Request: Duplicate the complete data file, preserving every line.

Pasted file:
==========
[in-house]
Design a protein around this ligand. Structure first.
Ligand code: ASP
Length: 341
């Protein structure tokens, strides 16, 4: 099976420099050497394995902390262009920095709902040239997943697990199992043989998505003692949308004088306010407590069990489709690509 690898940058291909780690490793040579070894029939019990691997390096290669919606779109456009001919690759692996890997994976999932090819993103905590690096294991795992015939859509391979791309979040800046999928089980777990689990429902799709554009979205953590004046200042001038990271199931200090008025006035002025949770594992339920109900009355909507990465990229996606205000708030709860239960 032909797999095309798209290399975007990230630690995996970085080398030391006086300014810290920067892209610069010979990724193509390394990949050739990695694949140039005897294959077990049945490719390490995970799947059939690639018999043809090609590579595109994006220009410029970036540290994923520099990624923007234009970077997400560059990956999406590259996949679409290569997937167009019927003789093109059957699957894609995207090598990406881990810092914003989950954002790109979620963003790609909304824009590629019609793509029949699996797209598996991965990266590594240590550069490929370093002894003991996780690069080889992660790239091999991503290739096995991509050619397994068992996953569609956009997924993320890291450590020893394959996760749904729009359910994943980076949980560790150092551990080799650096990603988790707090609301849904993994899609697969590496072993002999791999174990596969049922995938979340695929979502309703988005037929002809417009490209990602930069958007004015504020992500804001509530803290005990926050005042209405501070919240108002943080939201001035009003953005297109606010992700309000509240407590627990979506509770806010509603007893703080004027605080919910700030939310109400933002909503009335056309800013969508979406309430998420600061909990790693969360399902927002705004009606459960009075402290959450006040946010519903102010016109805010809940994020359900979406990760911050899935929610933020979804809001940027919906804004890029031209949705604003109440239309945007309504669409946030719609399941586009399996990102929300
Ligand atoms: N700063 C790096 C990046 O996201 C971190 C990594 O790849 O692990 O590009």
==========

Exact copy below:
[in-house]
Design a protein around this ligand. Structure first.
Ligand code: ASP
Length: 341
């Protein structure tokens, strides 16, 4: 099976420099050497394995902390262009920095709902040239997943697990199992043989998505003692949308004088306010407590069990489709690509 690898940058291909780690490793040579070894029939019990691997390096290669919606779109456009001919690759692996890997994976999932090819993103905590690096294991795992015939859509391979791309979040800046999928089980777990689990429902799709554009979205953590004046200042001038990271199931200090008025006035002025949770594992339920109900009355909507990465990229996606205000708030709860239960 032909797999095309798209290399975007990230630690995996970085080398030391006086300014810290920067892209610069010979990724193509390394990949050739990695694949140039005897294959077990049945490719390490995970799947059939690639018999043809090609590579595109994006220009410029970036540290994923520099990624923007234009970077997400560059990956999406590259996949679409290569997937167009019927003789093109059957699957894609995207090598990406881990810092914003989950954002790109979620963003790609909304824009590629019609793509029949699996797209598996991965990266590594240590550069490929370093002894003991996780690069080889992660790239091999991503290739096995991509050619397994068992996953569609956009997924993320890291450590020893394959996760749904729009359910994943980076949980560790150092551990080799650096990603988790707090609301849904993994899609697969590496072993002999791999174990596969049922995938979340695929979502309703988005037929002809417009490209990602930069958007004015504020992500804001509530803290005990926050005042209405501070919240108002943080939201001035009003953005297109606010992700309000509240407590627990979506509770806010509603007893703080004027605080919910700030939310109400933002909503009335056309800013969508979406309430998420600061909990790693969360399902927002705004009606459960009075402290959450006040946010519903102010016109805010809940994020359900979406990760911050899935929610933020979804809001940027919906804004890029031209949705604003109440239309945007309504669409946030719609399941586009399996990102929300
Ligand atoms: N700063 C790096 C990046 O996201 C971190 C990594 O790849 O692990 O590009």